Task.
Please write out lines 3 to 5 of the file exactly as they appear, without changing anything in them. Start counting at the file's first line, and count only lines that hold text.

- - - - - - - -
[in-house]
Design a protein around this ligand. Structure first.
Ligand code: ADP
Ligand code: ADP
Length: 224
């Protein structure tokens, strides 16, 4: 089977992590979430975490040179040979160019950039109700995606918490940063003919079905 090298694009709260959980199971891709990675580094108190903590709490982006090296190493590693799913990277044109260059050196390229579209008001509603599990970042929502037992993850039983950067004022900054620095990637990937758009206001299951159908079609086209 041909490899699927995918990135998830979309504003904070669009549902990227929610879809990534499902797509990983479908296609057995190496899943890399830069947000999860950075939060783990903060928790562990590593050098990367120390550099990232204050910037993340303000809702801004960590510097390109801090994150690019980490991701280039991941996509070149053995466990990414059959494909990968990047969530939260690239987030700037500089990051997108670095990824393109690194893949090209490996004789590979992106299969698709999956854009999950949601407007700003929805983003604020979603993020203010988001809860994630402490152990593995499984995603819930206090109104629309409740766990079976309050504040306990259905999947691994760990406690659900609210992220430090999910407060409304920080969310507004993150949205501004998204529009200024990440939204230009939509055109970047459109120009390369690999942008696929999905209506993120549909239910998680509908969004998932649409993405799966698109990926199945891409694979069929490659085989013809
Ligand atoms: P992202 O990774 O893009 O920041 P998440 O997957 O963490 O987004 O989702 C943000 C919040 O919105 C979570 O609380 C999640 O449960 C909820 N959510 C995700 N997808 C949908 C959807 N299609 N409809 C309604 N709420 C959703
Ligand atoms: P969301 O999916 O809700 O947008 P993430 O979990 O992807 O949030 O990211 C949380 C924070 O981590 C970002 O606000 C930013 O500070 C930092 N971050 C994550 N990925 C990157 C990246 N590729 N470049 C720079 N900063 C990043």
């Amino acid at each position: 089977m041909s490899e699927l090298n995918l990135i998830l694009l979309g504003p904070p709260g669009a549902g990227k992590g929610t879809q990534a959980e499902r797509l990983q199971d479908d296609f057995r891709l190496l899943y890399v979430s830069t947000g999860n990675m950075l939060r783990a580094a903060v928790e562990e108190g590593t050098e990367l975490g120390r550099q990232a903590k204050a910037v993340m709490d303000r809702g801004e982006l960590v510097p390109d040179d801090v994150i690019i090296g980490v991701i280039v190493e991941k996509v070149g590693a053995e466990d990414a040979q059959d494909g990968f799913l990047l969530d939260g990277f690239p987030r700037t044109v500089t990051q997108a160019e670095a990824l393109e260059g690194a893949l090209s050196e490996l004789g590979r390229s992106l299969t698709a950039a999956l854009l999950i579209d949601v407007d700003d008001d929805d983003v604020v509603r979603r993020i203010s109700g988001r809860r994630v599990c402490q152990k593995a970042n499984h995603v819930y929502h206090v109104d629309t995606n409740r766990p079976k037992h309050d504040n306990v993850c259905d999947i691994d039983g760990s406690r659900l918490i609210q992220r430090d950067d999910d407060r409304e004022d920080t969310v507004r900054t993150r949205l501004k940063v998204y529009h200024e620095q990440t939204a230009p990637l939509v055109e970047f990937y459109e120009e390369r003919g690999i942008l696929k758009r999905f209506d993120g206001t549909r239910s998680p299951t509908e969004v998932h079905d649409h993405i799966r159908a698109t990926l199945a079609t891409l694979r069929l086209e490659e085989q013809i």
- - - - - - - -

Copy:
Ligand code: ADP
Ligand code: ADP
Length: 224